"It was a great win, the bullpen did a good job, and the offense -- the kid [Bryce Harper] keeps hitting the ball," Nationals manager Davey Johnson said.
Harper was front and center in the Nationals' victory for the second consecutive night.
Harper, who collected three hits in Monday's opener and reached base four times, smacked a base hit to right field his first at-bat Tuesday, and got the Nationals on the board in the third inning in a big way.
The 19-year-old took the first pitch he saw from Blue Jays starter Henderson Alvarez and crushed it to right-center field -- a mammoth blast, his seventh of the year, that put the Nationals ahead, 1-0.
"I just felt really good up there," said Harper, who finished the game 3-for-4, increasing his average to .307. "At the beginning of the year, I usually struggle, but once I get going, it's scary -- I've always said that. ... I was going up there swinging out of my shoes first pitch, I had already made my mind up."
The next inning it was Danny Espinosa's turn.
With one on and two out, Danny Espinosa -- who doubled in his first at-bat -- took Alvarez to straightaway center field to increase Washington's lead to 3-0.
Jhonatan Solano added the Nationals' third homer of the night -- and third off Alvarez -- with a solo shot to left field, the first of his career, that put Washington up, 4-2, in the seventh.
"Sweet, I got it," Solano said when asked what the feeling was like. "It's a lot of emotion, I'm happy."
Alvarez, who lasted seven innings, fell to 3-6 on the season and has allowed the most home runs in the Majors since May 15.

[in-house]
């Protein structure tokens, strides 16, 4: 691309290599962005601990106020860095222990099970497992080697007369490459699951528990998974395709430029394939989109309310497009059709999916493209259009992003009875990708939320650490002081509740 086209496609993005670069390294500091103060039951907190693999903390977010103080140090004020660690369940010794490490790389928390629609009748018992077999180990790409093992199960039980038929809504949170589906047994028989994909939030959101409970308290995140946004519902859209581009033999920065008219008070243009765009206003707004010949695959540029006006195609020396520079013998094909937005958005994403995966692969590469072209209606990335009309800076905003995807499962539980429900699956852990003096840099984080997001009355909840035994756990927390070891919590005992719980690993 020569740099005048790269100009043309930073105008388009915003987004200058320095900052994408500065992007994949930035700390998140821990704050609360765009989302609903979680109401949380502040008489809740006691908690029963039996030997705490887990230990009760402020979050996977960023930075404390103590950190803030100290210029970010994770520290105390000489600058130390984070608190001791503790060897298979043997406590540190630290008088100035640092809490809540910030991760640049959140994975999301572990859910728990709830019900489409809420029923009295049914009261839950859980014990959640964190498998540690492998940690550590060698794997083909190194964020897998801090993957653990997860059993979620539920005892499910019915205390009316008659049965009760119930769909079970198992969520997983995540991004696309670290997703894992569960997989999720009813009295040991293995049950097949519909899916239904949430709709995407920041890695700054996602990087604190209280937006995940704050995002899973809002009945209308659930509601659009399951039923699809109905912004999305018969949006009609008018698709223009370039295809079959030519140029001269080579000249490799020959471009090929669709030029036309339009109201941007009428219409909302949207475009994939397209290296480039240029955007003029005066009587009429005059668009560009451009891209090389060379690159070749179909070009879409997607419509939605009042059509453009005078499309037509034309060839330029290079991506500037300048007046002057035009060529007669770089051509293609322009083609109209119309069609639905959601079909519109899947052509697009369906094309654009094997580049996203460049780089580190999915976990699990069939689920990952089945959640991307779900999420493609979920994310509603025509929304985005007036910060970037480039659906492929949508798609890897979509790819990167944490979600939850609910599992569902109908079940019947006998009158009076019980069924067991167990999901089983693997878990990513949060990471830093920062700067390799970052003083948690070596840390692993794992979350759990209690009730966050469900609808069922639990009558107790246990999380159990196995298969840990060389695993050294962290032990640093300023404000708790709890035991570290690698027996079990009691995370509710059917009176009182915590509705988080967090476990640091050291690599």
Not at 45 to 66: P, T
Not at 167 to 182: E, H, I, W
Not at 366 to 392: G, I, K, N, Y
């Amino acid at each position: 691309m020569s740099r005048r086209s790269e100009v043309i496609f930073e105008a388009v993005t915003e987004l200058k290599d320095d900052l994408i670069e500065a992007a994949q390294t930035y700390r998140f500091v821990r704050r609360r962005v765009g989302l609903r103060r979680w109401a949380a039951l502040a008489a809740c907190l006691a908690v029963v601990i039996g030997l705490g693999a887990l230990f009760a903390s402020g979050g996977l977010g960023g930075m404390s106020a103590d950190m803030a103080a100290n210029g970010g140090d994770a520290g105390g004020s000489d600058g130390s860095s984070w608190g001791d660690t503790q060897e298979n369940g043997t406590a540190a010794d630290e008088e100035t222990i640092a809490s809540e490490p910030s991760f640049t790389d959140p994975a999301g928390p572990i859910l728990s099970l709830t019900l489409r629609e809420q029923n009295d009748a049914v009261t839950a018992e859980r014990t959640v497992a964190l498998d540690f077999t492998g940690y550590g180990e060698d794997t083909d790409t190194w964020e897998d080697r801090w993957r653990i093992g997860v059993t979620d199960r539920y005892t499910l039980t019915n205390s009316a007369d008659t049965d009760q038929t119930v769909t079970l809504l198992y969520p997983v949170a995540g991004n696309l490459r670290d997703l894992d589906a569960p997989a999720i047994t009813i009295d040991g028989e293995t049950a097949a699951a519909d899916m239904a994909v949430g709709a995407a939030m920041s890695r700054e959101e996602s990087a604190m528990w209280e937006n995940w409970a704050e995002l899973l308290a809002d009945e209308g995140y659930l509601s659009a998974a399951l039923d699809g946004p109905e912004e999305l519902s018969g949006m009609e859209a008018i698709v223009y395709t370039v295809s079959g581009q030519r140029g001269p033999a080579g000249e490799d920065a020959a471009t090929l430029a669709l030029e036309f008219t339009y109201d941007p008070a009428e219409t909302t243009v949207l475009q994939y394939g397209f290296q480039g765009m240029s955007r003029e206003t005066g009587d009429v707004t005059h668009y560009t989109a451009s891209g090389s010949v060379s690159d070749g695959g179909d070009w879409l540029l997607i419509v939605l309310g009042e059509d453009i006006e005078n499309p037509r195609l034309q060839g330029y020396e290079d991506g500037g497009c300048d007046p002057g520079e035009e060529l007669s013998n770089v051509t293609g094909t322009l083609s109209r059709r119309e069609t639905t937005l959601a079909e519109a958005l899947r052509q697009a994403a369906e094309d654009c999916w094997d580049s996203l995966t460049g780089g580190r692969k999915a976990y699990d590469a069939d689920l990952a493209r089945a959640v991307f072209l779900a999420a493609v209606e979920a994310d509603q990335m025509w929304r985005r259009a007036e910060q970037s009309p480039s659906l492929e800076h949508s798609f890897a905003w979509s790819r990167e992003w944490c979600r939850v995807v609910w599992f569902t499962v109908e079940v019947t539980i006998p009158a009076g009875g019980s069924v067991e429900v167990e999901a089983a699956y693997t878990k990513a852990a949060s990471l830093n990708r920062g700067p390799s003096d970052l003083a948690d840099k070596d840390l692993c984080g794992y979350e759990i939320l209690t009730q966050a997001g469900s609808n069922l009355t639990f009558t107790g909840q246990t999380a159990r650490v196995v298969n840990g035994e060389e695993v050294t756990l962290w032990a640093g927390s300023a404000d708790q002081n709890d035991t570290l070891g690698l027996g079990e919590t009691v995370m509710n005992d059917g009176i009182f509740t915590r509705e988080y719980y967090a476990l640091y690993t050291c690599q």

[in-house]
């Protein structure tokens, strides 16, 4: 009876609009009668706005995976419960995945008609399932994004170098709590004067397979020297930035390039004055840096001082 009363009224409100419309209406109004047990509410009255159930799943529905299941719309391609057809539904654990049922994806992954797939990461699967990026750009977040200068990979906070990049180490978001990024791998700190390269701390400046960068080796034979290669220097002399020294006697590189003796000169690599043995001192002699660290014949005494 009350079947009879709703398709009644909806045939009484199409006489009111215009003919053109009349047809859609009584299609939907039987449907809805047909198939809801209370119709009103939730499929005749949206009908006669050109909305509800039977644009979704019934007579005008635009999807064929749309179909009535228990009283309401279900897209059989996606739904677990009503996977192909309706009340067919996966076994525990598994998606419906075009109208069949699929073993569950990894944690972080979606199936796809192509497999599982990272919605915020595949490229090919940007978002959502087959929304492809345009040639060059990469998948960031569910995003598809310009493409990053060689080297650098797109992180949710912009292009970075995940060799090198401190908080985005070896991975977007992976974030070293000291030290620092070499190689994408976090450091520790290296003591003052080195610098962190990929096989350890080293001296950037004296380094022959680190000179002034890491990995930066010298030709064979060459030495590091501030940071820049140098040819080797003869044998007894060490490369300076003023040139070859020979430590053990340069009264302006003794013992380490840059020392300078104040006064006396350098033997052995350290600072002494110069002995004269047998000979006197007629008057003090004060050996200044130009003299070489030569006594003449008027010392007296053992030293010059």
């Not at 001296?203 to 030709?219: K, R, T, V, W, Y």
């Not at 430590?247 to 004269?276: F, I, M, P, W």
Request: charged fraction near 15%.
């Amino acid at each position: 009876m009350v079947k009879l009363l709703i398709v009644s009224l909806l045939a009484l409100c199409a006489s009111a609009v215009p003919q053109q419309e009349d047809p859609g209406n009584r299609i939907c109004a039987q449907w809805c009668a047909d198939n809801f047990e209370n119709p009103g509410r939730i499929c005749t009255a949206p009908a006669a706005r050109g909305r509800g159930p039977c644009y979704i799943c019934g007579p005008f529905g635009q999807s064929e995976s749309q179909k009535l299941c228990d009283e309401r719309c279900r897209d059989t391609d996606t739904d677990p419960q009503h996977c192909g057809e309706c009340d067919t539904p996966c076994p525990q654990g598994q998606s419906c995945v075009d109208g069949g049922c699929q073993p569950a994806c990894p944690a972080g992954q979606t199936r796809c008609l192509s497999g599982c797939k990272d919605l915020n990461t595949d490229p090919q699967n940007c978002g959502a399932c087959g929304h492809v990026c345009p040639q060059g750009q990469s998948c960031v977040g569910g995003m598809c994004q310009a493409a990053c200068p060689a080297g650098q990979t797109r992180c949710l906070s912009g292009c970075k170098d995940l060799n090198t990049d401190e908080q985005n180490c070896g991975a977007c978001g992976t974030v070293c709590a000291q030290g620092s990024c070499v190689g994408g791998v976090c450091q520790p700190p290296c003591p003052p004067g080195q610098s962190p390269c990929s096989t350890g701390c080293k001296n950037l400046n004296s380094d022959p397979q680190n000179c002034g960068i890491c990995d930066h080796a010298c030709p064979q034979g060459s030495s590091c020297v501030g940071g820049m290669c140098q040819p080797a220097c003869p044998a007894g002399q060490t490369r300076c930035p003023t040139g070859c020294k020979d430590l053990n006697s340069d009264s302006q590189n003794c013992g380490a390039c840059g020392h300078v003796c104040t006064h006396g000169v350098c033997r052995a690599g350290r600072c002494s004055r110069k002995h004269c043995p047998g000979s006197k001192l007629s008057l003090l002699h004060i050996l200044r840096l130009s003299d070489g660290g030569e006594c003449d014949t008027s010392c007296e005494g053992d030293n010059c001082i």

"I feel like I'm throwing the ball well," said Alvarez, who lasted seven innings and allowed four runs on nine hits. "I don't feel like I need to change anything. Just try to keep the ball down."
Nationals starter Chien-Ming Wang was shaky throughout the night but improved to 2-2 on the season.
Wang battled control problems throughout the game, but he kept finding his way out of jams until Jose Bautista made him pay in the fifth inning.
The 32-year-old Wang served up a 2-2 offering that Bautista deposited into the seats in left for a two-run homer, his 18th of the season, that cut Washington's lead to 3-2.
After getting through the rest of the fifth, Wang's night was done.
The right-hander, who left with a 3-2 lead, surrendered four hits, allowed five walks, hit one batter, threw a wild pitch and struck out five. Wang issued a season high in walks and strikeouts, while the four hits were a season low.
"I feel kind of better today, but the thing that happened today was that the ball sometimes sank too much," Wang said through interpreter John Hsu.
It wasn't the most efficient game for Wang, who said he was having some mechanical issues of getting his body too far in front of his arm, but it was effective enough for Washington, and the Nationals' bullpen was able to take care of the rest.
Ross Detwiler, Craig Stammen, Sean Burnett and Tyler Clippard combined to throw four scoreless innings of relief and allowed just one runner to reach base.
Stammen allowed a double by Bautista in the seventh inning, but Toronto couldn't do anything other than that off Washington's crop of relievers.
Clippard struck out a pair in the ninth to earn his ninth save of the season.
"It has been awfully good all year long," Johnson said about the bullpen. "We have a lot of good options out there. ... Tremendous pitchers, they are doing a heck of a job."
The first-place Nationals will turn to Stephen Strasburg as they look to go 6-0 on a road trip for the first time in franchise history in Wednesday's series finale, and they have won seven of their past eight games to reach a season-high 14 games over .500 at 37-23.